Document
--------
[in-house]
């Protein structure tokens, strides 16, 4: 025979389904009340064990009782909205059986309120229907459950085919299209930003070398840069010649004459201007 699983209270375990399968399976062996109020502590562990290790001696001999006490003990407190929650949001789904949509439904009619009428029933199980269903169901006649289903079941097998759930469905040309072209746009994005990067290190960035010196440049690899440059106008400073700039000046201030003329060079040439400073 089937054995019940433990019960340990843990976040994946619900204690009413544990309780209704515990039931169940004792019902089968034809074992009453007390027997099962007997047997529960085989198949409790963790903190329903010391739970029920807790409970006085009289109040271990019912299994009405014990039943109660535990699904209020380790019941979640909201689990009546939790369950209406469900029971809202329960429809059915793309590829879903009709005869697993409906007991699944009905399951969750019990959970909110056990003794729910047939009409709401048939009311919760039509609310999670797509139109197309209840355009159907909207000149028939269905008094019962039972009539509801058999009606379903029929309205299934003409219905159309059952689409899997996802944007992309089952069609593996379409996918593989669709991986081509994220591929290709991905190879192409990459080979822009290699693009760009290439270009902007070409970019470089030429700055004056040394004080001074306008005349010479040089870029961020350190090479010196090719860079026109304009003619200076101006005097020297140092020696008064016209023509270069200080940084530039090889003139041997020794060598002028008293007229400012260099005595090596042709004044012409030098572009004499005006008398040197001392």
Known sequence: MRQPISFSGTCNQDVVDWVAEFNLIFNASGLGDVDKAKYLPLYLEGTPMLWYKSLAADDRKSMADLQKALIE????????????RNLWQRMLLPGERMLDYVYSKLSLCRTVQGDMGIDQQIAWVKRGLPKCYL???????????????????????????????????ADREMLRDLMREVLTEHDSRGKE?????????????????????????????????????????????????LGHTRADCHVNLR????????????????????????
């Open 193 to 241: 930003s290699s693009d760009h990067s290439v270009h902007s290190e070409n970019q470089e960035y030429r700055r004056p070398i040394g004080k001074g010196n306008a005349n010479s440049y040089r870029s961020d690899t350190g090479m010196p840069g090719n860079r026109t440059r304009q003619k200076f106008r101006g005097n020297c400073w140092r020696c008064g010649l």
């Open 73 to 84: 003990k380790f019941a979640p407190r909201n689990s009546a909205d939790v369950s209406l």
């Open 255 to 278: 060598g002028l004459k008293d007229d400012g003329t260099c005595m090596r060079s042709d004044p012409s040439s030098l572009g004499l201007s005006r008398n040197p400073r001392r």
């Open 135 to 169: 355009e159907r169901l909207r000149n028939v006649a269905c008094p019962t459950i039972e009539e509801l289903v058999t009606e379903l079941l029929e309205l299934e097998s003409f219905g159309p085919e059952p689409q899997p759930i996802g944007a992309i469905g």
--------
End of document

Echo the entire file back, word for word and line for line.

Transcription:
[in-house]
């Protein structure tokens, strides 16, 4: 025979389904009340064990009782909205059986309120229907459950085919299209930003070398840069010649004459201007 699983209270375990399968399976062996109020502590562990290790001696001999006490003990407190929650949001789904949509439904009619009428029933199980269903169901006649289903079941097998759930469905040309072209746009994005990067290190960035010196440049690899440059106008400073700039000046201030003329060079040439400073 089937054995019940433990019960340990843990976040994946619900204690009413544990309780209704515990039931169940004792019902089968034809074992009453007390027997099962007997047997529960085989198949409790963790903190329903010391739970029920807790409970006085009289109040271990019912299994009405014990039943109660535990699904209020380790019941979640909201689990009546939790369950209406469900029971809202329960429809059915793309590829879903009709005869697993409906007991699944009905399951969750019990959970909110056990003794729910047939009409709401048939009311919760039509609310999670797509139109197309209840355009159907909207000149028939269905008094019962039972009539509801058999009606379903029929309205299934003409219905159309059952689409899997996802944007992309089952069609593996379409996918593989669709991986081509994220591929290709991905190879192409990459080979822009290699693009760009290439270009902007070409970019470089030429700055004056040394004080001074306008005349010479040089870029961020350190090479010196090719860079026109304009003619200076101006005097020297140092020696008064016209023509270069200080940084530039090889003139041997020794060598002028008293007229400012260099005595090596042709004044012409030098572009004499005006008398040197001392």
Known sequence: MRQPISFSGTCNQDVVDWVAEFNLIFNASGLGDVDKAKYLPLYLEGTPMLWYKSLAADDRKSMADLQKALIE????????????RNLWQRMLLPGERMLDYVYSKLSLCRTVQGDMGIDQQIAWVKRGLPKCYL???????????????????????????????????ADREMLRDLMREVLTEHDSRGKE?????????????????????????????????????????????????LGHTRADCHVNLR????????????????????????
């Open 193 to 241: 930003s290699s693009d760009h990067s290439v270009h902007s290190e070409n970019q470089e960035y030429r700055r004056p070398i040394g004080k001074g010196n306008a005349n010479s440049y040089r870029s961020d690899t350190g090479m010196p840069g090719n860079r026109t440059r304009q003619k200076f106008r101006g005097n020297c400073w140092r020696c008064g010649l």
């Open 73 to 84: 003990k380790f019941a979640p407190r909201n689990s009546a909205d939790v369950s209406l």
């Open 255 to 278: 060598g002028l004459k008293d007229d400012g003329t260099c005595m090596r060079s042709d004044p012409s040439s030098l572009g004499l201007s005006r008398n040197p400073r001392r």
């Open 135 to 169: 355009e159907r169901l909207r000149n028939v006649a269905c008094p019962t459950i039972e009539e509801l289903v058999t009606e379903l079941l029929e309205l299934e097998s003409f219905g159309p085919e059952p689409q899997p759930i996802g944007a992309i469905g």